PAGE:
Posted on a heavy teak door down by the dock was a freshly printed sign: “Calling all sailors, calling all captains! Build your boats, design your ships. Enter your craft at this year’s race across the bay!”
Only a few boys noticed it at first, but news spread quickly. Murmurs turned into exclamations and, soon, there weren’t many who hadn’t heard. The young ones were the most exuberant. Each year they had the chance to build a model ship with their fathers or their friends, and then challenge each other to see whose ship sailed the best. Quickly, the dock became emptier than it had been all summer. The usual scores of children were all at home, building away.
One, however, was not at home. He was kicking rocks off the dock and into the water. Though he seemed to prefer knocking the bigger rocks, he didn’t seem to care much for the splash. Before each hit the water, he would move on to the next.
“Murphy!” called a woman’s voice. “Time for supper, dear.” Without looking up he turned to follow the voice.
At home he barely picked at his plate, not that it was uncommon for him to do so. Still, his mother knew something was wrong. “Sweetie, what’s got you down?”
Murphy’s eyes scanned from left to right and back again, slowly. He was calculating what to say and how much to let out. He didn’t want to upset her again. “It’s just…” he began. “It’s just, I don’t have anyone to build with.” Last year the other kids tantalized him for not racing. The fact that he had no father did not deter them from burying him in jibes. They were, as usual, relentless.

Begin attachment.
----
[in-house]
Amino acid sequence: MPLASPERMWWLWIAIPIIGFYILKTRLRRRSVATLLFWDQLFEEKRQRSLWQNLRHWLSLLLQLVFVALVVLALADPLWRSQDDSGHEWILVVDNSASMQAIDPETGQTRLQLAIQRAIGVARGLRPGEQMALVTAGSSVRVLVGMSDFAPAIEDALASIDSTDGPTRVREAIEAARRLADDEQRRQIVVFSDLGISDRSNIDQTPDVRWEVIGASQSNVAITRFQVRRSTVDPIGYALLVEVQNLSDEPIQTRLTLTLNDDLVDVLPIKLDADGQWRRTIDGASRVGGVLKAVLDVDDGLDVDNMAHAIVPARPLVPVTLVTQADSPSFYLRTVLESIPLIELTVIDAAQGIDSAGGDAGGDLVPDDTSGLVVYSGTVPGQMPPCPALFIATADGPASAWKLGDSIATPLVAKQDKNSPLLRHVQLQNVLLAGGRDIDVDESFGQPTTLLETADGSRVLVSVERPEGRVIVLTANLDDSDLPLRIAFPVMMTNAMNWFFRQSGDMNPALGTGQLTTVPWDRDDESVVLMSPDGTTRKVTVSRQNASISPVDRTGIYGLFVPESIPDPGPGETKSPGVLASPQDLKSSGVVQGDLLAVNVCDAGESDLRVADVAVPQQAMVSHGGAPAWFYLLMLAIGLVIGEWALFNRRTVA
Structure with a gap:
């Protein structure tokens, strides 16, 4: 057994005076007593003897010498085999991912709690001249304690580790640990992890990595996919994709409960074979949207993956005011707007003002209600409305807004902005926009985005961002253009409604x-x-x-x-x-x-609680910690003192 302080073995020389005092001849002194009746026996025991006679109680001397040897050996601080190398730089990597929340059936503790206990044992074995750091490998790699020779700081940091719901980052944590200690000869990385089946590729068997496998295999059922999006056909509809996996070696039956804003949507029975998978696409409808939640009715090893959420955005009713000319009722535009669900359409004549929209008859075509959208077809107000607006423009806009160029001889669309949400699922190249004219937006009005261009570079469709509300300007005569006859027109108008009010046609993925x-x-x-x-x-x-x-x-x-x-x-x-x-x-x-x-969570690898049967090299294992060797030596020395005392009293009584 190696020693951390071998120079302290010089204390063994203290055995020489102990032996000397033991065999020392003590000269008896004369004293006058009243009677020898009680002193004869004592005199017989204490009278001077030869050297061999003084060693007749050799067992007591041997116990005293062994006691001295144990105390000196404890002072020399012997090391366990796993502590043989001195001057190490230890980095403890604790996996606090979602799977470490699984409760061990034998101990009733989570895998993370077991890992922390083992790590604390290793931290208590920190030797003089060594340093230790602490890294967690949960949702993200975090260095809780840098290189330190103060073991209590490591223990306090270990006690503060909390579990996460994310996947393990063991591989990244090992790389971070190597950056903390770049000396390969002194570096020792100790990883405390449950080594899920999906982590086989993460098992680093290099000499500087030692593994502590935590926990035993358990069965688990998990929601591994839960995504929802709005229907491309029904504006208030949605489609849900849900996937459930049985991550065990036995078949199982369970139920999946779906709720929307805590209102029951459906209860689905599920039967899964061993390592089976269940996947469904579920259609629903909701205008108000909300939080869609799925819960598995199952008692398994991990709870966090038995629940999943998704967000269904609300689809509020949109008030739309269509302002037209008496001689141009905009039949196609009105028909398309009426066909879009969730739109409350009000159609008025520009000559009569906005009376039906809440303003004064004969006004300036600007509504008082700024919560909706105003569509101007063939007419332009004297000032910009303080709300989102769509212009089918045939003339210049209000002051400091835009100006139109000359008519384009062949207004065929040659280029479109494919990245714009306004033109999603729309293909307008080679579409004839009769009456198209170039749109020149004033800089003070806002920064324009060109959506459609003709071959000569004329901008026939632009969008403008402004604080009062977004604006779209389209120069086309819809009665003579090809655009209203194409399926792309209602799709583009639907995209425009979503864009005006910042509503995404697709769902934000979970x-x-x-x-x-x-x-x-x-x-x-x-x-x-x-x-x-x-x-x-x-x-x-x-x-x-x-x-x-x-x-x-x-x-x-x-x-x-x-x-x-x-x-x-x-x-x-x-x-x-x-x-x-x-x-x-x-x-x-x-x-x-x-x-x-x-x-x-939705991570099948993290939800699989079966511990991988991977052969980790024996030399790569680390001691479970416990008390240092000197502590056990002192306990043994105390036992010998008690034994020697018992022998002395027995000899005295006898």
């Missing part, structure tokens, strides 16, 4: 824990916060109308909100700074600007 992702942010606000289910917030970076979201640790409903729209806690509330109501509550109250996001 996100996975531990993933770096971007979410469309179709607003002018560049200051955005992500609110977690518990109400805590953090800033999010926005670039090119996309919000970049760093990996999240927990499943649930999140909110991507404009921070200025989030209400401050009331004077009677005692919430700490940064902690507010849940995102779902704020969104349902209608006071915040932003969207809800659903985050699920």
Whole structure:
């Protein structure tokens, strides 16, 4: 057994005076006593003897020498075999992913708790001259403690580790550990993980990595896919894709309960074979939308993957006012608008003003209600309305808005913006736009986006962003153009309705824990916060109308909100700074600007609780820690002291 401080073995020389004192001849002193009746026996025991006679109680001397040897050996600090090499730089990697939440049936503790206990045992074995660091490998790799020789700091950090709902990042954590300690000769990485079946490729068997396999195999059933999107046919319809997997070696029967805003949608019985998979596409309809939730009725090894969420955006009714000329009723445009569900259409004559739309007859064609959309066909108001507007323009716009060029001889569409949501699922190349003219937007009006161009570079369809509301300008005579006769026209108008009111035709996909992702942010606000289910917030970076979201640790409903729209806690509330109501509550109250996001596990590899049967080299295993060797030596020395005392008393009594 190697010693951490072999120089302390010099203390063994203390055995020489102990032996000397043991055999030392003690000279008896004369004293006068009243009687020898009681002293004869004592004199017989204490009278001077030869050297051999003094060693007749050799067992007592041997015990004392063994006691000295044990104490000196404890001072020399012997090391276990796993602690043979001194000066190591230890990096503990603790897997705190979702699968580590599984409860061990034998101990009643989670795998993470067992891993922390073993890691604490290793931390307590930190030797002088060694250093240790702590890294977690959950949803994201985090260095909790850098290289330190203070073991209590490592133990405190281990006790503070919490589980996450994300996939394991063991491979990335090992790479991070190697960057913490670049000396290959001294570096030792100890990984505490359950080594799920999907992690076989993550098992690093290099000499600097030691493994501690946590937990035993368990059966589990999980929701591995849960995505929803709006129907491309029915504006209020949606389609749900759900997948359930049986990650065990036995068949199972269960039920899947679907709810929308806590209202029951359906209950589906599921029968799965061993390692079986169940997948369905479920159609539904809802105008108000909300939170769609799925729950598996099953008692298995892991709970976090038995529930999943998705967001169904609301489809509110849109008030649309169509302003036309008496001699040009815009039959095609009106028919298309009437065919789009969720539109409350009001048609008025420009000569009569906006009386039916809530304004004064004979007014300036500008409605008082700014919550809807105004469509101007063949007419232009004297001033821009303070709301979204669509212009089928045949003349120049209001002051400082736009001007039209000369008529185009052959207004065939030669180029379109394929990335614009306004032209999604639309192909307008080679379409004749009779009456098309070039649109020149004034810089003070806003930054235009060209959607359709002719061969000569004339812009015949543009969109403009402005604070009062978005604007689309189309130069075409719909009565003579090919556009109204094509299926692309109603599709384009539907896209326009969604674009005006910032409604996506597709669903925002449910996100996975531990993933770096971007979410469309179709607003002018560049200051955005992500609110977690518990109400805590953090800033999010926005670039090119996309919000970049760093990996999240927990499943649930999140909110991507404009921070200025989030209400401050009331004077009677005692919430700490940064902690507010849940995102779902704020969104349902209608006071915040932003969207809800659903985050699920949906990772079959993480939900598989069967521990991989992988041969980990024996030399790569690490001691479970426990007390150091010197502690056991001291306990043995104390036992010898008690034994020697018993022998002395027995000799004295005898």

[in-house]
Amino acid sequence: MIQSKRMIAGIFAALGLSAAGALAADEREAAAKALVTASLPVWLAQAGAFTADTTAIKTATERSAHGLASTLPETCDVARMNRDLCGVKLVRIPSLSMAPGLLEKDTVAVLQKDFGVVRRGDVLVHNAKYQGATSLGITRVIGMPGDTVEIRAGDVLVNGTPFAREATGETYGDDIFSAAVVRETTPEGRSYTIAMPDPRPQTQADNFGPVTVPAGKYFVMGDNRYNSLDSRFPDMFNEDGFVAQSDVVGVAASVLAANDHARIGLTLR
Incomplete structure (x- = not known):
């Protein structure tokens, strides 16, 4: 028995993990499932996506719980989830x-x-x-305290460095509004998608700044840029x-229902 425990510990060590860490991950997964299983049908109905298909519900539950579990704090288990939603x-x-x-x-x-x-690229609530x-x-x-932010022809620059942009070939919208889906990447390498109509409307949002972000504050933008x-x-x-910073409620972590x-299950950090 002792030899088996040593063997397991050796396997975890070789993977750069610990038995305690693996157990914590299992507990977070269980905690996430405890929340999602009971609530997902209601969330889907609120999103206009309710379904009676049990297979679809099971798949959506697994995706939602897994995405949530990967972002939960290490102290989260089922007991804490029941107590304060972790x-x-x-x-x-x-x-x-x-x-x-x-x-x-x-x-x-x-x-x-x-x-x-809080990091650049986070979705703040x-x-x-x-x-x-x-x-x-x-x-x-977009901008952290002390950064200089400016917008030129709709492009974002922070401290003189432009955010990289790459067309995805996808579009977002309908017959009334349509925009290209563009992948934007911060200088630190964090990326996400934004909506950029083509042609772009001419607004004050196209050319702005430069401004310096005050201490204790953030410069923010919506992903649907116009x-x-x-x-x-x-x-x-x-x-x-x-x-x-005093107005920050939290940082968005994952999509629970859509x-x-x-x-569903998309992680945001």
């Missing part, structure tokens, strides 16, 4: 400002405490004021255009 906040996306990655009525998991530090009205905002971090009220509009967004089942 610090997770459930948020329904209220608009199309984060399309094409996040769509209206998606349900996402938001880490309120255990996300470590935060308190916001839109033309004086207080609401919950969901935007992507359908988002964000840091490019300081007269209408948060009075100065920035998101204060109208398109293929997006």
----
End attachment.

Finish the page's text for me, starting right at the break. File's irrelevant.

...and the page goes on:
His mother knew not to press him. She also knew that he did not have many friends, if any at all. It saddened her greatly but she did not know how to help him. “I’m sorry Murph,” she started. “I would help you, but you know I’m no good with building things. Plus, I have to work a lot this week.” She left out the reason why, which was that they were a month behind on rent. He didn’t need to know that though.
“It’s alright Mom.” And for the first time all night, he looked at her. Their eyes held each other in an embrace that was more comforting than a physical one. She knew in her heart that he understood her; he knew the sorrow she felt for his loneliness. Everything was okay, even though it wasn’t.
“Good mornin’ Mrs. K!” he said with a rye but hearty smile. “Awful chilly ain’t it?” At that moment a sharp gust of chilly sea breeze blew across the storefront.
“I told you, Eddie,” she retorted, “to call me Phoebe!” Her coat flared up in the wind, causing her to lose balance slightly. Eddie helped steady her while relieving her of the two heavy bags she toted. Out of breath, she managed to gasp, “Thank you!”
Eddie held the bags as Murphy’s mother unlocked the shop. She didn’t own the market but she was almost always inside. Even though the long days exhausted her, she knew the importance of her job and the money she earned. Every little bit helped.
Inside was much warmer, sheltered from the crisp wind. Eddie deposited the brown bags behind the counter as Phoebe turned the window sign so it would read ‘Open’ to passersby. Then, she began to boil water for tea. Occasionally customers would buy a cup, but mostly it was for Eddie and herself. Once steeped and poured, the hot liquid warmed her from the inside out, relieving her of a few worries in addition to her chill.